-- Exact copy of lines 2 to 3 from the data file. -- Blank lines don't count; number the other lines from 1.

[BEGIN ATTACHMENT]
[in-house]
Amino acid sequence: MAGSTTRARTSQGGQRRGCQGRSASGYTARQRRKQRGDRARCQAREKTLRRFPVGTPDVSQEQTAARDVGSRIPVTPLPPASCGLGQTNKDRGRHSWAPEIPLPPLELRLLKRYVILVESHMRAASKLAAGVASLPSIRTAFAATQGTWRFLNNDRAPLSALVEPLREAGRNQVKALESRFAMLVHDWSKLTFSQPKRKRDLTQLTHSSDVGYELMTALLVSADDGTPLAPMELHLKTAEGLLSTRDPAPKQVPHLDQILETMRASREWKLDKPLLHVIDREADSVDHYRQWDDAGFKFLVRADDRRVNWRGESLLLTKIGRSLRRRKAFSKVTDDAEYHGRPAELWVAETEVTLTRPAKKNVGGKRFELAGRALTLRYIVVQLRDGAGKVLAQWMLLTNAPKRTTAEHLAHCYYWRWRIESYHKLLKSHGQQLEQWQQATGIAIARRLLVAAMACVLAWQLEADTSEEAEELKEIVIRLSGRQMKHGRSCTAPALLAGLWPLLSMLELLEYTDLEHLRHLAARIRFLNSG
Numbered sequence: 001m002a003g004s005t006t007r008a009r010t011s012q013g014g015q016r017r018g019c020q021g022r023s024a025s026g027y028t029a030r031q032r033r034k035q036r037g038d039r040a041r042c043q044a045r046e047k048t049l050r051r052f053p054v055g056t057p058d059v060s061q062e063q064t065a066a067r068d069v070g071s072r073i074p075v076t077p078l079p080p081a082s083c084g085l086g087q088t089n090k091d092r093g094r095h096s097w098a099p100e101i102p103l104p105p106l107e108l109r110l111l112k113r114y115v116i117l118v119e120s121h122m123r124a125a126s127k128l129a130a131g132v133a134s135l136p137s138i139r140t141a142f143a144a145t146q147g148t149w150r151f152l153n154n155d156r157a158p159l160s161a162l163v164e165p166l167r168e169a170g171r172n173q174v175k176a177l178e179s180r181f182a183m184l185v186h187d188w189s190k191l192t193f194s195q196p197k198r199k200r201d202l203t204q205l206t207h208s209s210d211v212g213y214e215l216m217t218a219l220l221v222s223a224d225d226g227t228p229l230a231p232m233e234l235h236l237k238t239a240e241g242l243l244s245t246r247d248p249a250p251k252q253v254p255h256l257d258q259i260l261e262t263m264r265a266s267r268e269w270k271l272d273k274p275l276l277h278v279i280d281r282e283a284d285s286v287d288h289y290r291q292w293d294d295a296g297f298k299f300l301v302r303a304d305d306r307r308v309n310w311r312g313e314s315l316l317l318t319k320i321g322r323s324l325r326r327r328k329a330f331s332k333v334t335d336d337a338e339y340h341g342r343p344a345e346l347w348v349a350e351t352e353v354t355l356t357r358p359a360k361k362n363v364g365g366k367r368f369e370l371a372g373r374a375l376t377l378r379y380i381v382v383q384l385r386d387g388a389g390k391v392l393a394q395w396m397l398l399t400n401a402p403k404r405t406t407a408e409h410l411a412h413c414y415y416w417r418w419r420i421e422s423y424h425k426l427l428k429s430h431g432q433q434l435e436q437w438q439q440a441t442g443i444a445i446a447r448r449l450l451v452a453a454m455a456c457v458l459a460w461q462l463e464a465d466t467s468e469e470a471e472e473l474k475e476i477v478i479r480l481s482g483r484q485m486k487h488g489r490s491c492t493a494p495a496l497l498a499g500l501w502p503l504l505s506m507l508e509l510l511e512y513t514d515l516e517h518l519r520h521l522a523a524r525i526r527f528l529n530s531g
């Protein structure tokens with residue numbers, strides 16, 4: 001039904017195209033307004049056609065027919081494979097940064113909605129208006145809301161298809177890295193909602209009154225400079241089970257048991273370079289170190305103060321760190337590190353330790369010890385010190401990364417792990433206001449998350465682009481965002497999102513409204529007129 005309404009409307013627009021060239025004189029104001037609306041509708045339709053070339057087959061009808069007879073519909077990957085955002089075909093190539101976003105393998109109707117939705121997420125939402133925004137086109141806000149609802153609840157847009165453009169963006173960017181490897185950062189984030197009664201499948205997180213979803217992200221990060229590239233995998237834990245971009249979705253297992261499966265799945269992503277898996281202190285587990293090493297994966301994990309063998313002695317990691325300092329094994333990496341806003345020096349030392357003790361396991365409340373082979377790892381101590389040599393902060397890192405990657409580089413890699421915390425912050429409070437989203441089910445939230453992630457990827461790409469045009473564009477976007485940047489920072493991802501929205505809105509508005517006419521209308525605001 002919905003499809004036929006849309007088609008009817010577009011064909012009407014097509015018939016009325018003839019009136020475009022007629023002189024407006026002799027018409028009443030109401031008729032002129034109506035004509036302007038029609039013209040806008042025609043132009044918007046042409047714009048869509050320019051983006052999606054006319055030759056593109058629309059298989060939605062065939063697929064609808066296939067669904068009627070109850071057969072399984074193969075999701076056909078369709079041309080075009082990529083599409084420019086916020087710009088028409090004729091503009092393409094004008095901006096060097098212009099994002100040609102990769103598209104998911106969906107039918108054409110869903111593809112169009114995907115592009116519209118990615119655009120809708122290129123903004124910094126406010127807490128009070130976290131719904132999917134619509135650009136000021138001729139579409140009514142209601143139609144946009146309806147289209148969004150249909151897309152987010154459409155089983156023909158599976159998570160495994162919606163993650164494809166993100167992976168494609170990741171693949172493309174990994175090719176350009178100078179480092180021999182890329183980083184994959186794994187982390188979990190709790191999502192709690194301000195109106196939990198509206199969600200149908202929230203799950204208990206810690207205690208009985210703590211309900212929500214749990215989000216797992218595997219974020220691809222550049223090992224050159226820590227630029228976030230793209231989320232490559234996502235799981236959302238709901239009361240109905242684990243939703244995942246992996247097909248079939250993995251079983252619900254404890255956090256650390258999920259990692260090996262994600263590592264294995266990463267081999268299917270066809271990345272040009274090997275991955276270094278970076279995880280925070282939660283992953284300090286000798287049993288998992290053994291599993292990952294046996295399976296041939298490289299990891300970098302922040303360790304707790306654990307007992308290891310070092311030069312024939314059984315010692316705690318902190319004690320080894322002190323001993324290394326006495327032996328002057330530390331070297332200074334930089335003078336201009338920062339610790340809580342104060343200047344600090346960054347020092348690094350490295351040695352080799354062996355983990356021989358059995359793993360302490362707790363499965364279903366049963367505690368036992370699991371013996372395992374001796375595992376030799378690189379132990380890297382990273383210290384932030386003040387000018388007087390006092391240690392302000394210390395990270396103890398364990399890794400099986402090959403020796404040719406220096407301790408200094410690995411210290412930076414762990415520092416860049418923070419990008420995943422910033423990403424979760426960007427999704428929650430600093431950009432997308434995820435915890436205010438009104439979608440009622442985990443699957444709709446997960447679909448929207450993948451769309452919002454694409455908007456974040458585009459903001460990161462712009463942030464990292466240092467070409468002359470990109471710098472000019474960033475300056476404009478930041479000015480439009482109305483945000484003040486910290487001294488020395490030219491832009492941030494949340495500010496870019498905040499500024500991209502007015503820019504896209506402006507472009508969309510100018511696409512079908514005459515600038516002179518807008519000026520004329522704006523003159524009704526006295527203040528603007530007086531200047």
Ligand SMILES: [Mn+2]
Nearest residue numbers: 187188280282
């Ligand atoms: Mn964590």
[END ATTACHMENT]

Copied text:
Amino acid sequence: MAGSTTRARTSQGGQRRGCQGRSASGYTARQRRKQRGDRARCQAREKTLRRFPVGTPDVSQEQTAARDVGSRIPVTPLPPASCGLGQTNKDRGRHSWAPEIPLPPLELRLLKRYVILVESHMRAASKLAAGVASLPSIRTAFAATQGTWRFLNNDRAPLSALVEPLREAGRNQVKALESRFAMLVHDWSKLTFSQPKRKRDLTQLTHSSDVGYELMTALLVSADDGTPLAPMELHLKTAEGLLSTRDPAPKQVPHLDQILETMRASREWKLDKPLLHVIDREADSVDHYRQWDDAGFKFLVRADDRRVNWRGESLLLTKIGRSLRRRKAFSKVTDDAEYHGRPAELWVAETEVTLTRPAKKNVGGKRFELAGRALTLRYIVVQLRDGAGKVLAQWMLLTNAPKRTTAEHLAHCYYWRWRIESYHKLLKSHGQQLEQWQQATGIAIARRLLVAAMACVLAWQLEADTSEEAEELKEIVIRLSGRQMKHGRSCTAPALLAGLWPLLSMLELLEYTDLEHLRHLAARIRFLNSG
Numbered sequence: 001m002a003g004s005t006t007r008a009r010t011s012q013g014g015q016r017r018g019c020q021g022r023s024a025s026g027y028t029a030r031q032r033r034k035q036r037g038d039r040a041r042c043q044a045r046e047k048t049l050r051r052f053p054v055g056t057p058d059v060s061q062e063q064t065a066a067r068d069v070g071s072r073i074p075v076t077p078l079p080p081a082s083c084g085l086g087q088t089n090k091d092r093g094r095h096s097w098a099p100e101i102p103l104p105p106l107e108l109r110l111l112k113r114y115v116i117l118v119e120s121h122m123r124a125a126s127k128l129a130a131g132v133a134s135l136p137s138i139r140t141a142f143a144a145t146q147g148t149w150r151f152l153n154n155d156r157a158p159l160s161a162l163v164e165p166l167r168e169a170g171r172n173q174v175k176a177l178e179s180r181f182a183m184l185v186h187d188w189s190k191l192t193f194s195q196p197k198r199k200r201d202l203t204q205l206t207h208s209s210d211v212g213y214e215l216m217t218a219l220l221v222s223a224d225d226g227t228p229l230a231p232m233e234l235h236l237k238t239a240e241g242l243l244s245t246r247d248p249a250p251k252q253v254p255h256l257d258q259i260l261e262t263m264r265a266s267r268e269w270k271l272d273k274p275l276l277h278v279i280d281r282e283a284d285s286v287d288h289y290r291q292w293d294d295a296g297f298k299f300l301v302r303a304d305d306r307r308v309n310w311r312g313e314s315l316l317l318t319k320i321g322r323s324l325r326r327r328k329a330f331s332k333v334t335d336d337a338e339y340h341g342r343p344a345e346l347w348v349a350e351t352e353v354t355l356t357r358p359a360k361k362n363v364g365g366k367r368f369e370l371a372g373r374a375l376t377l378r379y380i381v382v383q384l385r386d387g388a389g390k391v392l393a394q395w396m397l398l399t400n401a402p403k404r405t406t407a408e409h410l411a412h413c414y415y416w417r418w419r420i421e422s423y424h425k426l427l428k429s430h431g432q433q434l435e436q437w438q439q440a441t442g443i444a445i446a447r448r449l450l451v452a453a454m455a456c457v458l459a460w461q462l463e464a465d466t467s468e469e470a471e472e473l474k475e476i477v478i479r480l481s482g483r484q485m486k487h488g489r490s491c492t493a494p495a496l497l498a499g500l501w502p503l504l505s506m507l508e509l510l511e512y513t514d515l516e517h518l519r520h521l522a523a524r525i526r527f528l529n530s531g